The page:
DESIGN: We examined 3557 participants aged 50 and older in the National Health and Nutrition Examination Survey cycles 1999-2006 and 2009-2010. We examined the relationship between objective and subjective hearing impairment using percent correct classification and misclassification bias in analyses stratified by gender, age group, race/ethnicity, and education.
RESULTS: We found that younger participants tended to overestimate and older participants underestimate their hearing impairment. Older women, blacks, and Hispanics were less accurate in self-reporting than their respective younger age groups.
CONCLUSION: The association between subjective and objective hearing differs across gender, age, race/ethnicity, and education, and this observation should be considered by clinicians and researchers employing self-reported hearing.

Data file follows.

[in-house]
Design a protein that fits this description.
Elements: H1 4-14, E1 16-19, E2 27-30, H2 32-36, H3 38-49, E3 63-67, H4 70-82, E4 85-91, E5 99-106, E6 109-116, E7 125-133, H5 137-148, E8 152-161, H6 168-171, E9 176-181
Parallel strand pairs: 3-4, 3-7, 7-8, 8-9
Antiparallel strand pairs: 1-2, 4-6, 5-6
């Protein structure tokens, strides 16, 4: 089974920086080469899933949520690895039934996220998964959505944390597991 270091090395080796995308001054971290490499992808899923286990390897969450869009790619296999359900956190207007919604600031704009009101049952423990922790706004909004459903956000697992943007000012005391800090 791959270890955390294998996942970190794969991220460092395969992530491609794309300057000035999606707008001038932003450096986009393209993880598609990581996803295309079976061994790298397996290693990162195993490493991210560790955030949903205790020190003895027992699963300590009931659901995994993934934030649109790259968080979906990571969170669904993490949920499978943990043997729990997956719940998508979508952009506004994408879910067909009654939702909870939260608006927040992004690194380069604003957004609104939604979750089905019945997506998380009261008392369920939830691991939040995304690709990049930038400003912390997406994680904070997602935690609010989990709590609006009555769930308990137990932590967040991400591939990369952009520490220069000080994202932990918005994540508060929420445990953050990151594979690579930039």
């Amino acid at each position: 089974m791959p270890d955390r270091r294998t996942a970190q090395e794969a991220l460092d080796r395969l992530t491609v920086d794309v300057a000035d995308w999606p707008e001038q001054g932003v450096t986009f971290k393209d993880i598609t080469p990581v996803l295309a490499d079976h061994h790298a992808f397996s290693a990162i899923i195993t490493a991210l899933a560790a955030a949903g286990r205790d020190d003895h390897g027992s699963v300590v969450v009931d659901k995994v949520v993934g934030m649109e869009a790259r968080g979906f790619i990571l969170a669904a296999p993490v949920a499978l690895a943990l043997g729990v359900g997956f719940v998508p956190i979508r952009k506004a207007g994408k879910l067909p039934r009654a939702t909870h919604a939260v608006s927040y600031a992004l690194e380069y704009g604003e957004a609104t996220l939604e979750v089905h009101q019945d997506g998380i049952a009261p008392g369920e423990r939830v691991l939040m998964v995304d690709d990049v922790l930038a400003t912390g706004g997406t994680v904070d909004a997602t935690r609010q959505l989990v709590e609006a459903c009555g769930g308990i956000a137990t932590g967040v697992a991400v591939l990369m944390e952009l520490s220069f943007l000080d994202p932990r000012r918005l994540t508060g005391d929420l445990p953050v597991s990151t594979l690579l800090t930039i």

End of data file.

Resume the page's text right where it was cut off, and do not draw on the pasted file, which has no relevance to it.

OBJECTIVES: Self-reported hearing impairment is often used to gauge objective hearing loss in both clinical settings and research studies. The aim of this study was to examine whether demographic factors affect the accuracy of subjective, self-reported hearing in older adults.
- Hearing impairment
- Older adults
- Self-reported hearing
- Subjective hearing
ASJC Scopus subject areas
- Speech and Hearing